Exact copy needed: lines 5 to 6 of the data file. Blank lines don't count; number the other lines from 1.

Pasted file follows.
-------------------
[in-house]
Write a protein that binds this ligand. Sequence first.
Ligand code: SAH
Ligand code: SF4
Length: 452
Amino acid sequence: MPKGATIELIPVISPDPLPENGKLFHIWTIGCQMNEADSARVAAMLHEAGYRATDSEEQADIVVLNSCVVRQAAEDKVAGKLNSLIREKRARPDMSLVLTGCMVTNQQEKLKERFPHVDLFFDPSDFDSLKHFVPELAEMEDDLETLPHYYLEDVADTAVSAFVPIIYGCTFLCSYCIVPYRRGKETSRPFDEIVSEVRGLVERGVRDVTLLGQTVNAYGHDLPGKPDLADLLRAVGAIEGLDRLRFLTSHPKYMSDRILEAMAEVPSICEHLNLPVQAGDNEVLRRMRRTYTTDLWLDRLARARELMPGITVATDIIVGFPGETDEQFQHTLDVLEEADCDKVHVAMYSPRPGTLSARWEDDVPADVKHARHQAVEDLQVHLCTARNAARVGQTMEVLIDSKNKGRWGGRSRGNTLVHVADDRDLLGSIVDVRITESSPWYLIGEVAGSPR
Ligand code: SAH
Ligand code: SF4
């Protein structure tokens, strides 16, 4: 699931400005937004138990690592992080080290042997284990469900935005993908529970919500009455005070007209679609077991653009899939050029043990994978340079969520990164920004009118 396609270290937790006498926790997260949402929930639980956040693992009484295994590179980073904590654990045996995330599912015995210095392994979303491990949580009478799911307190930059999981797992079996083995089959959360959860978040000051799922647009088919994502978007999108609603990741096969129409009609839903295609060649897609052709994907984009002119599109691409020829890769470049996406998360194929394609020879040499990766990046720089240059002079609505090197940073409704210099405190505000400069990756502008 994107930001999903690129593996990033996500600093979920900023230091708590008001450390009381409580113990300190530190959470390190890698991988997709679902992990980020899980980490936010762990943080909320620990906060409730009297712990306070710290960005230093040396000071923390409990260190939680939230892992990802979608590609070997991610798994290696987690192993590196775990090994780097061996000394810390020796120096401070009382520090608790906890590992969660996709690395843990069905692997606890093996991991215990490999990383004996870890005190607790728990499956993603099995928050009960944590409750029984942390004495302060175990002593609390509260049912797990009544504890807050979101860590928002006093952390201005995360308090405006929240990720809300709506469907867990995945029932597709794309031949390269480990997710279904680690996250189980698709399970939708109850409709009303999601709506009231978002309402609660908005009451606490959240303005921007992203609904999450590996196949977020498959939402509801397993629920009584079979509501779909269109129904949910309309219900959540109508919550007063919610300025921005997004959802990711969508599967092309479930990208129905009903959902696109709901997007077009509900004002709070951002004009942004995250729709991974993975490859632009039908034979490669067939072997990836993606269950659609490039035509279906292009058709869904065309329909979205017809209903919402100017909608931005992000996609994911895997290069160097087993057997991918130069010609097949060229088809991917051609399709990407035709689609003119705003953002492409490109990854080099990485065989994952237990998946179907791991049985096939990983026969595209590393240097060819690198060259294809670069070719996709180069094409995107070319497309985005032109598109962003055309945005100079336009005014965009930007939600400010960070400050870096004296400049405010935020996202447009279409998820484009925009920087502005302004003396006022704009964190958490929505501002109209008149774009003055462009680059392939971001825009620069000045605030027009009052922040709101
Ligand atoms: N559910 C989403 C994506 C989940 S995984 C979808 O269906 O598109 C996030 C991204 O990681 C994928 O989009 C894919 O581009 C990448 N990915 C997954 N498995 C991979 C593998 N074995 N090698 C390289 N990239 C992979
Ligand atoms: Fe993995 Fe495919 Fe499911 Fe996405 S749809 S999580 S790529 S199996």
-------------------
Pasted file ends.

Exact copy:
Length: 452
Amino acid sequence: MPKGATIELIPVISPDPLPENGKLFHIWTIGCQMNEADSARVAAMLHEAGYRATDSEEQADIVVLNSCVVRQAAEDKVAGKLNSLIREKRARPDMSLVLTGCMVTNQQEKLKERFPHVDLFFDPSDFDSLKHFVPELAEMEDDLETLPHYYLEDVADTAVSAFVPIIYGCTFLCSYCIVPYRRGKETSRPFDEIVSEVRGLVERGVRDVTLLGQTVNAYGHDLPGKPDLADLLRAVGAIEGLDRLRFLTSHPKYMSDRILEAMAEVPSICEHLNLPVQAGDNEVLRRMRRTYTTDLWLDRLARARELMPGITVATDIIVGFPGETDEQFQHTLDVLEEADCDKVHVAMYSPRPGTLSARWEDDVPADVKHARHQAVEDLQVHLCTARNAARVGQTMEVLIDSKNKGRWGGRSRGNTLVHVADDRDLLGSIVDVRITESSPWYLIGEVAGSPR